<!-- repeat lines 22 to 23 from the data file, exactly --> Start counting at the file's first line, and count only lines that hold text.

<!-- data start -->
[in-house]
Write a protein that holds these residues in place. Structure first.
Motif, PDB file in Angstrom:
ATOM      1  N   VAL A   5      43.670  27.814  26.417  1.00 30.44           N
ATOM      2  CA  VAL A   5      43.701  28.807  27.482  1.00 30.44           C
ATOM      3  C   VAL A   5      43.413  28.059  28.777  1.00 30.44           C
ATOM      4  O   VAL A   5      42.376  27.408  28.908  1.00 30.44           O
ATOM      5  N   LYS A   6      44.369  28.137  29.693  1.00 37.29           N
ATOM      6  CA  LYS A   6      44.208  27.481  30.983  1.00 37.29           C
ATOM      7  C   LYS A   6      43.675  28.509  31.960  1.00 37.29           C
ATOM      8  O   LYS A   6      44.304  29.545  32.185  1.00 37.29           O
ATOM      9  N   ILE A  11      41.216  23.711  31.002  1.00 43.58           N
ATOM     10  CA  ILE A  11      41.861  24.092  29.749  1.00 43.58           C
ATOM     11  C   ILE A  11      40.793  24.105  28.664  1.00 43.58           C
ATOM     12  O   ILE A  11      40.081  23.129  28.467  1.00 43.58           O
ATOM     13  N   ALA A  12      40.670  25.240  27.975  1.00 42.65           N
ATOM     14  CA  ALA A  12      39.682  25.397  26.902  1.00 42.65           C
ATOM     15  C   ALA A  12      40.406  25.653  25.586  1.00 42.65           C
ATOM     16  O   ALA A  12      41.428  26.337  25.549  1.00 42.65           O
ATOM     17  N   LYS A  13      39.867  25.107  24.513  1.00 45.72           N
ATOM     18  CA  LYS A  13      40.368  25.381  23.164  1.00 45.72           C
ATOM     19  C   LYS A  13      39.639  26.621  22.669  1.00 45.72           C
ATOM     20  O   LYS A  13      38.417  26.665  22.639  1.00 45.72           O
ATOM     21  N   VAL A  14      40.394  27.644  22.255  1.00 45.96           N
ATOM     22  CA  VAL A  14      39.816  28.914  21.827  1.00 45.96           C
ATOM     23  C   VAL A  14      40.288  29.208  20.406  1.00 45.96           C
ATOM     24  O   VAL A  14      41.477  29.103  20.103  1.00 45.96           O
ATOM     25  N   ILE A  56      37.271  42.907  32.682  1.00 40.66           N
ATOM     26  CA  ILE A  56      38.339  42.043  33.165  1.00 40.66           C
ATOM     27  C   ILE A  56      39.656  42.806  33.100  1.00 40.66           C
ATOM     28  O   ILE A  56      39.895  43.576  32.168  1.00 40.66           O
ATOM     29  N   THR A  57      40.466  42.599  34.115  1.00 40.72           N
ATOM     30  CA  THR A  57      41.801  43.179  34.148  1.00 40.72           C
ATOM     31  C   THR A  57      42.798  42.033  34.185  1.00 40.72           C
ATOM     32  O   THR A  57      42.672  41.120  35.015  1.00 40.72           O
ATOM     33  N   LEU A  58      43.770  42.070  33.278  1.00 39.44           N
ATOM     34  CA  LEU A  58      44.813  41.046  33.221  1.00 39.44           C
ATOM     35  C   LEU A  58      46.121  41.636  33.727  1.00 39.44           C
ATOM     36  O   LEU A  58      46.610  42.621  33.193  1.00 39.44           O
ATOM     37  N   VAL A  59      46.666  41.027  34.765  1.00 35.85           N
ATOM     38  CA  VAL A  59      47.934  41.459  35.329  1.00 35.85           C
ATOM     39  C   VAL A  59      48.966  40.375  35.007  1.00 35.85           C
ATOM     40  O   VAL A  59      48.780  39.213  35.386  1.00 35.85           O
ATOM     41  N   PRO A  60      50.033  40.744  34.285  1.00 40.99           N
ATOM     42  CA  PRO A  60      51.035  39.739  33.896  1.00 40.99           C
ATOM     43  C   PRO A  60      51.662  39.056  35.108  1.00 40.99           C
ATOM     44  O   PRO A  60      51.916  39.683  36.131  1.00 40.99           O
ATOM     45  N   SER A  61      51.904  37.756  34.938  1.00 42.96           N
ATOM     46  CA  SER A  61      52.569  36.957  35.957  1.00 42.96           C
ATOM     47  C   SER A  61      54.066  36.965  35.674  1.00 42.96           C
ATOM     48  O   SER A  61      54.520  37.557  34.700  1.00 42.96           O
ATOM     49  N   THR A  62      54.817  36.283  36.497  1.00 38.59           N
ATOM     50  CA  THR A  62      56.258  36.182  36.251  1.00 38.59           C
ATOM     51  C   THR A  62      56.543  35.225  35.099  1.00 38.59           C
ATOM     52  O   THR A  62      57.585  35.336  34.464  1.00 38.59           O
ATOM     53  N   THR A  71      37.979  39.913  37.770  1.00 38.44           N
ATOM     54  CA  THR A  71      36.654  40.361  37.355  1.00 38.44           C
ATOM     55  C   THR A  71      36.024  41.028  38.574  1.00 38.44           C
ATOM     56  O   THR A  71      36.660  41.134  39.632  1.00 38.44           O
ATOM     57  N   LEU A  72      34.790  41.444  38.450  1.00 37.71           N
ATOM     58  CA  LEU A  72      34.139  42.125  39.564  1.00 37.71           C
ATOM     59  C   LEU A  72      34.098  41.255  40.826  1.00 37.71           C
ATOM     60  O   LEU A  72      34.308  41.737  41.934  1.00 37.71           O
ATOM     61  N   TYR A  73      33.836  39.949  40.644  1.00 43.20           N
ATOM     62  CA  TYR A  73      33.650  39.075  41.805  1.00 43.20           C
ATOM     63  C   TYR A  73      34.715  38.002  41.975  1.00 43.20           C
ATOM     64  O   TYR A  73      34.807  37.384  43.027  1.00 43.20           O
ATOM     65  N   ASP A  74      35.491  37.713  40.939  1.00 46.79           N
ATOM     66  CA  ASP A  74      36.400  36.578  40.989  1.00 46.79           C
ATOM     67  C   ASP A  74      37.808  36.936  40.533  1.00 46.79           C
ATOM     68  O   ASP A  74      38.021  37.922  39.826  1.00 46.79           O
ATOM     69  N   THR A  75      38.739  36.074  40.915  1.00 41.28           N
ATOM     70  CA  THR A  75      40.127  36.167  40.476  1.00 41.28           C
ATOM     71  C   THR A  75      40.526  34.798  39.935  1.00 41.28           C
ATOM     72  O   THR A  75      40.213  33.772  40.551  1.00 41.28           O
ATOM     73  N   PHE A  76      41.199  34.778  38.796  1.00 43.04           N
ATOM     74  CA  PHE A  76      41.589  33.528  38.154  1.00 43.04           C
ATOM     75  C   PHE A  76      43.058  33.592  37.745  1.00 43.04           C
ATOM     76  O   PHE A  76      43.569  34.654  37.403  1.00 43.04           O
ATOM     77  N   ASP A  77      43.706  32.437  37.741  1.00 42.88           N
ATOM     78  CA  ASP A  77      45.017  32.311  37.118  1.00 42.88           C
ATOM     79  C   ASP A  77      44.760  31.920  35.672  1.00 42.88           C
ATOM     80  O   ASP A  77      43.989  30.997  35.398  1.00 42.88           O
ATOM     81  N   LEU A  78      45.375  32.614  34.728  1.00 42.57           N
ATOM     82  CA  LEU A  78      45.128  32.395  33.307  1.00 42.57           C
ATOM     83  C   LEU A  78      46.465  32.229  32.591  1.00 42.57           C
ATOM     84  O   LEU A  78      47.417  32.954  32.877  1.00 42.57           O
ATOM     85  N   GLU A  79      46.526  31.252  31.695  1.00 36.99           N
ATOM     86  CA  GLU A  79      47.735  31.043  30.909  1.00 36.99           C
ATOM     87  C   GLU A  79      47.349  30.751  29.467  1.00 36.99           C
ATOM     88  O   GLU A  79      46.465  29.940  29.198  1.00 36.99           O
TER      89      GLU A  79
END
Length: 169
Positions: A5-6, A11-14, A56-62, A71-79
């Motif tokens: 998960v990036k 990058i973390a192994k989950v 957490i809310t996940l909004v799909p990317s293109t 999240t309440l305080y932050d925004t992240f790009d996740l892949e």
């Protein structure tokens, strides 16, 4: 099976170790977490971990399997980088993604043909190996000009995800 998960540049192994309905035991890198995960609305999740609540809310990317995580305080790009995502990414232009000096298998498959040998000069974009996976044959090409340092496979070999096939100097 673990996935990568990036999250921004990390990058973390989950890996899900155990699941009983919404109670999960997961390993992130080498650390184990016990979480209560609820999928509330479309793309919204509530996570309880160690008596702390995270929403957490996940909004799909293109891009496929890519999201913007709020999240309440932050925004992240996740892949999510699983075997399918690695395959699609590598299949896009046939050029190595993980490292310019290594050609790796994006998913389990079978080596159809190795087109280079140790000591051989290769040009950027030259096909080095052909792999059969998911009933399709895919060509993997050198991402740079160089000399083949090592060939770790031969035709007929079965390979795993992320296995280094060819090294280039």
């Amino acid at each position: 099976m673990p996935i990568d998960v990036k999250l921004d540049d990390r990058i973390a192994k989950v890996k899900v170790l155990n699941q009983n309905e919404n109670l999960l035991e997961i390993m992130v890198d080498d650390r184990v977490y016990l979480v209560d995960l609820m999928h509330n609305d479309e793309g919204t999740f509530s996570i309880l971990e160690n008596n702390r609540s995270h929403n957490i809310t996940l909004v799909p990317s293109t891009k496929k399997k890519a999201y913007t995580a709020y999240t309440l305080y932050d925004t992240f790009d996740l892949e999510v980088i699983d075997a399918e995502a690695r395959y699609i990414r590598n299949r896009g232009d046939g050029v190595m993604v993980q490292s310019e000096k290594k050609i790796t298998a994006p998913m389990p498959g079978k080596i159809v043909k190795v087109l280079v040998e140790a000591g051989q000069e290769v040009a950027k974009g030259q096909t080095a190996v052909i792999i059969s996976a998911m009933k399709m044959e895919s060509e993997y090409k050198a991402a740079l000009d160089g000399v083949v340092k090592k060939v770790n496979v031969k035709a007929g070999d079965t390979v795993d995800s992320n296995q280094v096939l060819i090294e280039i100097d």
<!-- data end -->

ATOM     19  C   LYS A  13      39.639  26.621  22.669  1.00 45.72           C
ATOM     20  O   LYS A  13      38.417  26.665  22.639  1.00 45.72           O